Back in Uganda in 2005, he returned to public health and community issues. As a director for Hallmark Events and Promotions, a social marketing company, he was in charge of IEC and BCC outreach strategies to prevent infectious diseases like HIV/AIDS, TB, cholera, and typhoid, on behalf of Ministry of Health, The AIDS Support Organisation and the Global Fund. He championed the rights of people with disabilities and of women’s access to family planning and education. He undertook corporate social initiatives to popularise safe water, corporate citizenship and behavioural change against diseases. These extensive community engagements led to his appointment in 2006 as programme officer for Bellanet Africa, an IDRC-funded project, promoting collaborative technologies and tools—skype, wikis, blogs, mailing lists, d-groups, social networking sites, video and image sharing sites—to enhance communication, collaboration, networking, knowledge-sharing for communities of practice. The stint exposed him to various African, Central American and Asian countries.
In 2016 Abu was appointed activity coordinator for Anti-Counterfeit Network Africa, taking charge of research and knowledge platforms, encouraging holistic approaches to prevent consumption and importation of counterfeits into Uganda.
In 2018 Abubaker returned to South Africa to enlist for a Management of Technology and Innovation MSc. He also consults as a training facilitator and researcher for the Institute of Adult Learning and Education and the Africa Craft Trust. He combines his broad analytical spectrum ability with his passion for writing – and regularly contributes to newspapers, blogs and journals.
Rob Hamilton is a Johannesburg-based clinical psychologist with two decades of experience in public health systems strengthening and consulting to the public health sector, and equivalent time in private psychotherapy practice. He is a seasoned facilitator and trainer, having developed a range of training courses in health and related areas (including HIV/AIDS). He has worked in community settings across five provinces. Rob is also a freelance editor, researcher and writer, with a particular focus on Southern African developmental and gender issues. He holds an MA (Clin Psych) degree from the University of Johannesburg.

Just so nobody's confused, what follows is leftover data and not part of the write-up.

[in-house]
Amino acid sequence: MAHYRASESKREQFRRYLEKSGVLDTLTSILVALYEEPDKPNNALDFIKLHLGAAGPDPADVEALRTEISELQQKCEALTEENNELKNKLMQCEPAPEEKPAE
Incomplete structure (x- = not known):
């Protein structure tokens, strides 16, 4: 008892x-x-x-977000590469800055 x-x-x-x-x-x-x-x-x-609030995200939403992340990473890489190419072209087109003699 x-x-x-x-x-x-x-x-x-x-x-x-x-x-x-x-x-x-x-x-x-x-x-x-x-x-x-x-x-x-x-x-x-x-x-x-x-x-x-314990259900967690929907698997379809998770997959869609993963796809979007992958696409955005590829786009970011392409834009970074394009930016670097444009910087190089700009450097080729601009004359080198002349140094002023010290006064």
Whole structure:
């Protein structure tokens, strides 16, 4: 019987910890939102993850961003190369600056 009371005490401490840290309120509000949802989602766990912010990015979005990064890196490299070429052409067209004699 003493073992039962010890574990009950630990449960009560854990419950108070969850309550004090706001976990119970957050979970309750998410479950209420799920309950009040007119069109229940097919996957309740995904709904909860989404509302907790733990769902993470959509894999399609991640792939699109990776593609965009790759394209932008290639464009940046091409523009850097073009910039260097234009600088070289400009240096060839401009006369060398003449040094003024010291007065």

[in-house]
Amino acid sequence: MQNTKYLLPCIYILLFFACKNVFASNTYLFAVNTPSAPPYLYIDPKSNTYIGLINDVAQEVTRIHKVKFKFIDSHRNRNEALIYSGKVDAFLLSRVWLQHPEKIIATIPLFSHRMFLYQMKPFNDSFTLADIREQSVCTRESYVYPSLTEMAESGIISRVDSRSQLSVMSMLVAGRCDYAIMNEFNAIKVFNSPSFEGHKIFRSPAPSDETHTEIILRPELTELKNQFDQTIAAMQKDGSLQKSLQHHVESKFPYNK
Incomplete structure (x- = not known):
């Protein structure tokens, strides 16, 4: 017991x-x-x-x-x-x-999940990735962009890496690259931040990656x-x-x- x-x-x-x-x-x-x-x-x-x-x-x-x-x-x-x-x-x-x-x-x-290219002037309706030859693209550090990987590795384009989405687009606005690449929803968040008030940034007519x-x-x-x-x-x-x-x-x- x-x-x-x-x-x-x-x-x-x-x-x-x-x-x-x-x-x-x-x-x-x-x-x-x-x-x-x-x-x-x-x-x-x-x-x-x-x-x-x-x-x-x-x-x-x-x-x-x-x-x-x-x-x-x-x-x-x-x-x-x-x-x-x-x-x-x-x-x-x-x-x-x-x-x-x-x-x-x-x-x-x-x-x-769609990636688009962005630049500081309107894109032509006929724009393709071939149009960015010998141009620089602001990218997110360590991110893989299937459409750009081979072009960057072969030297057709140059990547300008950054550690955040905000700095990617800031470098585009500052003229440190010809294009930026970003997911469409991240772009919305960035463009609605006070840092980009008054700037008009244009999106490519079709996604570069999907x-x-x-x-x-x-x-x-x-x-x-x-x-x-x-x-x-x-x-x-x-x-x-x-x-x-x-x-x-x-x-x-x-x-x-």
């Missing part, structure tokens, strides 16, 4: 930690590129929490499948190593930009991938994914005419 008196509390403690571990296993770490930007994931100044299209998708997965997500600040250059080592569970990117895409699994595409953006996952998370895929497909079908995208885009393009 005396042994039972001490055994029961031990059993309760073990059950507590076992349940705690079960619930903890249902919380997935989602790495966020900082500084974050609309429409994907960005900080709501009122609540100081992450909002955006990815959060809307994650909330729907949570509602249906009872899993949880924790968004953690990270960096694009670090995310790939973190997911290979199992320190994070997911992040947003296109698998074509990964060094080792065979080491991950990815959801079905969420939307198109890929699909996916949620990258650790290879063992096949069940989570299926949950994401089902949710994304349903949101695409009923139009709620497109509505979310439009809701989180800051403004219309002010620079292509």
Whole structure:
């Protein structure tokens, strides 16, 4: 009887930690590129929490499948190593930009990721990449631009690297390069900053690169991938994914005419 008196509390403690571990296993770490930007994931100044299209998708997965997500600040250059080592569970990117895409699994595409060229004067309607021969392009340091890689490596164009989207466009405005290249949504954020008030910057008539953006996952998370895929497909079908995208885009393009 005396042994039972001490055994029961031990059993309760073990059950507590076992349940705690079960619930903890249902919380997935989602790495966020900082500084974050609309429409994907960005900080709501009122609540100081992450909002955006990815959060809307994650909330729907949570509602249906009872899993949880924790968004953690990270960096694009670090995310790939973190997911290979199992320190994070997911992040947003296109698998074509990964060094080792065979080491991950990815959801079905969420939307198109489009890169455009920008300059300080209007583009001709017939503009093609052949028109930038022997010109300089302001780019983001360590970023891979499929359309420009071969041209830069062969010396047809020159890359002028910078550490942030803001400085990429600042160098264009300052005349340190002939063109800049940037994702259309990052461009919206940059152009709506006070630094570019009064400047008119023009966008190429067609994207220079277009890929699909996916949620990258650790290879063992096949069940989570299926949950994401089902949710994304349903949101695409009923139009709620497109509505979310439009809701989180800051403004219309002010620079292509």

Lorato comes with experience in design and retail, training and project management. She was born in England to South African parents in exile. When she was four, she and her family relocated to Botswana where she grew up before returning to London’s Kingston University to complete an Honours Degree in Fashion and Design. Relocating to post-apartheid South Africa, she worked in the commercial fashion manufacturing industry in Cape Town before moving to Johannesburg. Lorato worked on the London South Africa (LOSA) craft program, and then in 2005 as part of the founding team of Aid to Artisans South Africa Trust (the forerunner of the Africa Craft Trust). For nearly six years she was a part of Africa Fashion International. Deciding to walk-the-talk, she co-owned and ran her own fashion wholesale and distribution company before family commitments drew her back to Mahikeng in South Africa’s North West. In 2017, coming almost full circle, she rejoined the Africa Craft Trust as Projects Manager for the National Lotteries Commission-funded project but now consults on a project by project basis.